Category: Student Success Stories

Apr 2

Former student Tatiana Obukhova finds success after a life-altering move

tatiana success 2 tatiana success

 

Tatiana’s mom fell in love. She moved the family from Russia to California to be with her new husband in 2009.  The relationship quickly fell apart and became abusive. Tatiana, her mom and little brother ran away and that’s how the family found themselves homeless.  Tatiana said that they stayed at so many shelters during this time that she can’t remember how many.  Tatiana barely spoke English and her mom knew even less.  

School on Wheels met Tatiana’s family when she was in ninth grade, at a shelter in Ventura County. When Disha Patel saw her student for the first time, she was dressed in a most creative way.   A painted spider web adorned her face with open fingered gloves on her hands and a big flouncy skirt. This young girl with big beautiful eyes was shy but definitely interested in this new mentor in her life. When she spoke, she stuttered slightly and had an accent.  

They started to work right away as Disha was able to tutor her ninth grade student in advanced math. Tatiana was gifted in math and art but was not really interested in school.

“The best thing about having a School on Wheels tutor during this time was that Disha kept me motivated to study and complete my school work.  I thought our situation was too complicated, with no money or home. What was the point of school? I would never get to go to college. So why even try?”  

The unlikely duo met weekly and Disha encouraged Tatiana  to keep her options open and find out what she was interested in.  She even helped Tatiana get a summer scholarship from School on Wheels for an art program with the Fashion Institute of Design and Merchandising (FIDM) . Over the years they spent time researching colleges and visiting campuses. Disha kept reinforcing the importance of college and that it was possible.

In eleventh grade two important things happened: the family found a studio apartment, a home of their own and Tatiana attended a field trip with School on Wheels to UCLA.  She fell in love with the campus. She knew this is where she wanted to be.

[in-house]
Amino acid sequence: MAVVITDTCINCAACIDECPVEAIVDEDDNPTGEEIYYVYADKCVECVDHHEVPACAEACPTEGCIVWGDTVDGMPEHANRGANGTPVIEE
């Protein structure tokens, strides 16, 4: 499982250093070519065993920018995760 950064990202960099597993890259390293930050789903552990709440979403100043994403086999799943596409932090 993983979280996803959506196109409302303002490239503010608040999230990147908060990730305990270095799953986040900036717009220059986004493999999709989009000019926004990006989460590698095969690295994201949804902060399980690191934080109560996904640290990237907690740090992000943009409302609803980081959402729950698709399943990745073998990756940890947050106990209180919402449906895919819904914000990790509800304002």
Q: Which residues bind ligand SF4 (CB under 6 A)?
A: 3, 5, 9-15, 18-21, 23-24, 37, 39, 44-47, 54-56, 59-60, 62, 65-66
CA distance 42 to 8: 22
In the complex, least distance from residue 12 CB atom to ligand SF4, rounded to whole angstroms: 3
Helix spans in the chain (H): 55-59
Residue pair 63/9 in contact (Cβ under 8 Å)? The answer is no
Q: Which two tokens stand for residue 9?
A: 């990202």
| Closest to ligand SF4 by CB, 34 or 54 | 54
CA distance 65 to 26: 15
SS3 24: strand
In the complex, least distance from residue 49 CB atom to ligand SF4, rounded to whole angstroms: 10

Tatiana Obukhova  is now in her first year of college, studying Animation at the California College of the Arts.

My mom was also an important motivator for me to go to college.  She knew we could find a way to make it happen and I am proud of her as she is in college too.

I received several college scholarships, including one from School on Wheels. With grants and a part-time job, I am able to enjoy college life.  I miss my mom and brother; college can be frustrating, but I am beginning to have fun and feel at home.

“Complicated” is a word we hear a lot from our students when they describe their lives.

Homelessness is complicated, getting to college is complicated. Learning a new language is also complicated, but we think Tatiana’s achievements are simply brilliant.  Her tutor Disha had this to say: “Tatiana is a talented, capable young woman with great potential and I am excited to see what is in store for her in the near future.  It was a pleasure to be her mentor. As much as she learned from me, I learned from her too.”

Jun 28

School on Wheels Student accepted to University Southern California

Josephine Bailey-McLein

JosieWe met Josephine (Josie) when she was staying at the Union Rescue Mission (URM) on Skid Row in the fall of 2014. Josie graduated from University High School, Santa Monica, in June and will be heading to University Southern California to study Human Biology this fall. She received five scholarships, including one from School on Wheels, as well as a grant from USC.
Josie was a regular student at the School on Wheels Skid Row Learning Center. We caught up with her to ask her a few questions about her time as a School on Wheels student and how she coped with school while being in a homeless situation. Josie, her mom, and sister are still homeless, but they are now living in a longer term transitional living shelter and said it feels more like home.

Josie, what was it like living in the largest homeless shelter in Skid Row?

I liked that it gave me a place to sleep but it was a very stressful experience. There were lots of people there that you would not meet in everyday life who were from all walks of life.

What was your first impression of School on Wheels’ Learning Center?